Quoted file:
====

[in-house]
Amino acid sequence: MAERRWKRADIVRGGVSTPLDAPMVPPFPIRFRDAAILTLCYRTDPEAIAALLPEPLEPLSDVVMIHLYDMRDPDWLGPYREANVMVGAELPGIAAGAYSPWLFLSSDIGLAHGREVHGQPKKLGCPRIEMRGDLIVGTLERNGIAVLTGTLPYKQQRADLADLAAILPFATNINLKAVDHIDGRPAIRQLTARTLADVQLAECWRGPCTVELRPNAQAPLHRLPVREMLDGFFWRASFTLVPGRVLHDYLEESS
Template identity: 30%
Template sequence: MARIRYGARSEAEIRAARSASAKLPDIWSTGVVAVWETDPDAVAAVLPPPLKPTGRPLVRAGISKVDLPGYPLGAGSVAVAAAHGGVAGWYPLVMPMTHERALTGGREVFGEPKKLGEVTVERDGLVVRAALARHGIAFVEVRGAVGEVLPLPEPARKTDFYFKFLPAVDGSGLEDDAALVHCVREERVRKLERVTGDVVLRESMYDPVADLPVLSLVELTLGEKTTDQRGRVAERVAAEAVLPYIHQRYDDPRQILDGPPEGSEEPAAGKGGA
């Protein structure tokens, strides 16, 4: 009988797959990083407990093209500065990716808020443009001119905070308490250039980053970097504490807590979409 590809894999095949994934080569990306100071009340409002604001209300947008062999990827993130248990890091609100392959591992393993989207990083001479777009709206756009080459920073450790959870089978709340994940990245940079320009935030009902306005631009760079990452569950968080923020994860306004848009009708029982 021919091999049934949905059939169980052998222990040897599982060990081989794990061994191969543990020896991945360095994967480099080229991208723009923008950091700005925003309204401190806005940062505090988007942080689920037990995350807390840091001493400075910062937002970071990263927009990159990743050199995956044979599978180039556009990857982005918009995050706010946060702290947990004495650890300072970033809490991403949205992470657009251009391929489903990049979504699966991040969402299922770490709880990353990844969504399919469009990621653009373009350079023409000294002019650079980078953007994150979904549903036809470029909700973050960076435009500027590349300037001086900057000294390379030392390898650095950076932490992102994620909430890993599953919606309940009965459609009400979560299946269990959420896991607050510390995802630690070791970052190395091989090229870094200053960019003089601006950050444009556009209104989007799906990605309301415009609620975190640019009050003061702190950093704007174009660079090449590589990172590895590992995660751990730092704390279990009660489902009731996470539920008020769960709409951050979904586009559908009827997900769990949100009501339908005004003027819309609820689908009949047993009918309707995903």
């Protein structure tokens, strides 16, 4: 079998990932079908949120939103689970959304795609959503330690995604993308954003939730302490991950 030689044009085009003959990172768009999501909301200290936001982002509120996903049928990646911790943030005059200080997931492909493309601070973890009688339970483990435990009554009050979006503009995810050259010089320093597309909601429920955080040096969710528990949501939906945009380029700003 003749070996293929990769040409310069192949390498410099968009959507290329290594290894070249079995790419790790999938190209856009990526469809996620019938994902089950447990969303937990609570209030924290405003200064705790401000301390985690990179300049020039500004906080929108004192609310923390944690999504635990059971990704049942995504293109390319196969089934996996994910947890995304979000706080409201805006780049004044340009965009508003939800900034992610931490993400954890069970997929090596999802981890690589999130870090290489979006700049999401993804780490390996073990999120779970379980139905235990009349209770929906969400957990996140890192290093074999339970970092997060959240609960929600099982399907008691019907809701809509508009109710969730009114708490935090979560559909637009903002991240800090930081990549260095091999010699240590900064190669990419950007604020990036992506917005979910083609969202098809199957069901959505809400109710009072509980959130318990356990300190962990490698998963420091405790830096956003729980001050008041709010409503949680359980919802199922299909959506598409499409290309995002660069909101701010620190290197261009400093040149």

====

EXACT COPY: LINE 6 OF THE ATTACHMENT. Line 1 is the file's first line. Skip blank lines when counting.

């Protein structure tokens, strides 16, 4: 079998990932079908949120939103689970959304795609959503330690995604993308954003939730302490991950 030689044009085009003959990172768009999501909301200290936001982002509120996903049928990646911790943030005059200080997931492909493309601070973890009688339970483990435990009554009050979006503009995810050259010089320093597309909601429920955080040096969710528990949501939906945009380029700003 003749070996293929990769040409310069192949390498410099968009959507290329290594290894070249079995790419790790999938190209856009990526469809996620019938994902089950447990969303937990609570209030924290405003200064705790401000301390985690990179300049020039500004906080929108004192609310923390944690999504635990059971990704049942995504293109390319196969089934996996994910947890995304979000706080409201805006780049004044340009965009508003939800900034992610931490993400954890069970997929090596999802981890690589999130870090290489979006700049999401993804780490390996073990999120779970379980139905235990009349209770929906969400957990996140890192290093074999339970970092997060959240609960929600099982399907008691019907809701809509508009109710969730009114708490935090979560559909637009903002991240800090930081990549260095091999010699240590900064190669990419950007604020990036992506917005979910083609969202098809199957069901959505809400109710009072509980959130318990356990300190962990490698998963420091405790830096956003729980001050008041709010409503949680359980919802199922299909959506598409499409290309995002660069909101701010620190290197261009400093040149």